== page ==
Something I know I’m not
And when they come for me – I’ll just let them be
‘Cause all that I need today, I need today

In the linearly scheduled TV world, in addition to pitching products and services, commercial breaks provided viewers time for a nature break, or other quick activities.

Recently, at a partner conference in Paris, it became painfully clear to me that mobile phones are the next really big target for advertising. Yes, I had intellectualized the acquisitions of AdMob etc. but what I heard, really internalized for me the importance of this very substantial media transition.

Media research has shown that though more new media platforms are created, there seems to be more time devoted to all of them. In fact, at this conference several things clicked:

  1. Integrated backoffice applications are evolving to integrate the distribution infrastructure with the revenue generating and management  aspects of the business.
  2. These applications have a very IT-centric approach, agnostic to medium underpinning, and they treat both content and transactional metadata as – data. All measurable, scalable and manageable over an IP network.
  3. The mobile device is a very personal, and personalizable appliance. It is with the user on average about 14 hours per day. A very captive, targetable audience.

So, do we need scheduled breaks from media? Or, are we destined to be personally targeted for interruption whenever nature, or the advertiser calls.

Tell me it isn’t so… I’m listening.

March 18, 2010 at 1:00 am Leave a comment

the user

No praise or crowd
No sound of thunder
No hero’s tale
No sign or wonder
With all I’ve known
And left behind
I find my place
In serving You

Remember the IT user? Those people who the IT department initially served? Those subject matter experts within the business. Those people who usually know best what is needed to make their daily job, business functions and therefore, by extension, the business?

Whatever happened to them? Does anyone actually listen to them anymore?

Remember the constant tussle between in-house development and packaged software? I have no intention of re-litigating that debate, but I do think, that of late, the industry has increasingly paid more attention to ‘new trends’ and ‘new products’ than on the fundamentals.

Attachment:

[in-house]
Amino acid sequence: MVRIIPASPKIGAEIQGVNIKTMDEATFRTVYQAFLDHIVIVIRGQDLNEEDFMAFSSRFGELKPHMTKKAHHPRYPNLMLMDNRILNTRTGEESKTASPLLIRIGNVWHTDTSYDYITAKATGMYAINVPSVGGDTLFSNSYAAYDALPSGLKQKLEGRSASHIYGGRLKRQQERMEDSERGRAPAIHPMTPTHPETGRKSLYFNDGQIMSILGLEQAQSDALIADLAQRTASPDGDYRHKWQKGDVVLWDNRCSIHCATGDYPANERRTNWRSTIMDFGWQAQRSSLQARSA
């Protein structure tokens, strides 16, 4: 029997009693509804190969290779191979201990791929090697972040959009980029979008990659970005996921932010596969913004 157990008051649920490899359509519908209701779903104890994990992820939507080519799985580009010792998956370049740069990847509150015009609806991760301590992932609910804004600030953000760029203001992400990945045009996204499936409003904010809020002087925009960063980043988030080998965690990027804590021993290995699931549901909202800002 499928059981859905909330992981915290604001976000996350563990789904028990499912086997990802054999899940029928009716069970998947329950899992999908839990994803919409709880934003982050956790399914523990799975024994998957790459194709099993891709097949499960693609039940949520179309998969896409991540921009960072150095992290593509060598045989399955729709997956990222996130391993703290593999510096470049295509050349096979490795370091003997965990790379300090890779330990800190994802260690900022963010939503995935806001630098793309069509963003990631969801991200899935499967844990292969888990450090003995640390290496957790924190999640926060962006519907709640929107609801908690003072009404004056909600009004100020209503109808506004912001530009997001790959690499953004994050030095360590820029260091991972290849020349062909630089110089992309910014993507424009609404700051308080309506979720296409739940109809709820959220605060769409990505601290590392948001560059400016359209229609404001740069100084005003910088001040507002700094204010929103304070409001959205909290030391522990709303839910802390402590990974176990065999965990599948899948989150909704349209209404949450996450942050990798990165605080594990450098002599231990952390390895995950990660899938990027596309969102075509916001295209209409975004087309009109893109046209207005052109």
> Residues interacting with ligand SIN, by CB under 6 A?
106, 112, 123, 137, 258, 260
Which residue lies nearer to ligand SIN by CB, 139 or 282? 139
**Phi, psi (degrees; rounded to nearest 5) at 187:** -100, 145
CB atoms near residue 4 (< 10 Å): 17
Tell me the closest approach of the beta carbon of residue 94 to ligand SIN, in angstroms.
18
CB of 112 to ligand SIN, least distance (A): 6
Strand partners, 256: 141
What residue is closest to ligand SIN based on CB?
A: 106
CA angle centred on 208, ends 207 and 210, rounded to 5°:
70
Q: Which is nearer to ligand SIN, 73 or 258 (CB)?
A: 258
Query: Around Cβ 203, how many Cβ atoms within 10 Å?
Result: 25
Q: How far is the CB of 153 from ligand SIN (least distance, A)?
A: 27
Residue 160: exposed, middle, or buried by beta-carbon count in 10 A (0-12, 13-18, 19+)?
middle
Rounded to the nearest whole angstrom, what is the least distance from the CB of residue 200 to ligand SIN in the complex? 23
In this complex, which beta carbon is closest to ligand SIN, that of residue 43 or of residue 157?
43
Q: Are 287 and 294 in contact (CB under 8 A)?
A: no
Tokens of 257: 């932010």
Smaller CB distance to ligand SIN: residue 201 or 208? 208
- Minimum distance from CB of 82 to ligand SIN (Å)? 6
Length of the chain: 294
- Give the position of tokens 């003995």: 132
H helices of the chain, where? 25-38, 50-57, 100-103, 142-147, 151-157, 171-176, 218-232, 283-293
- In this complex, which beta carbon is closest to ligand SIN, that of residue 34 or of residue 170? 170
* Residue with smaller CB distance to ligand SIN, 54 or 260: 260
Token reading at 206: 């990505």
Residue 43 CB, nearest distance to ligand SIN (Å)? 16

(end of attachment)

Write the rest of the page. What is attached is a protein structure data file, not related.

We’ve gone top down. Big picture will ultimately solve the business problems? The focus is now on the company and shareholders, rather than the stakeholders whose knowledge and effort is the driving engine of the company. Is not a balanced approach far more sensible?

This is dangerously similar to the transformation of the accounting profession. Their constant focus on moving up the corporate food chain and becoming Financial Advisors, instead of Accountants. On telling the business how to grow beans, instead of counting the beans of the business.

And so it is with IT professionals. As we look across the business landscape with our ‘Technology Focus’ we are starting to move beyond advising the CEO how to leverage technology for better business, but have promoted the notion that good technology = good business. This might be true in a technology-centric business like media, or the technology business itself, but not in general.

The ‘Financial Advisors’ ran wild with growing beans and precipitated the global economic disaster… will our love affair with all things technical, promoting technology above business interests result in tears? I think it is time to get back to serving the business…

Tell me it isn’t so… I’m listening.

PS. How many IT shops out there are cost-centers vs the profit centers to which you would seem to aspire?

February 12, 2010 at 6:58 am Leave a comment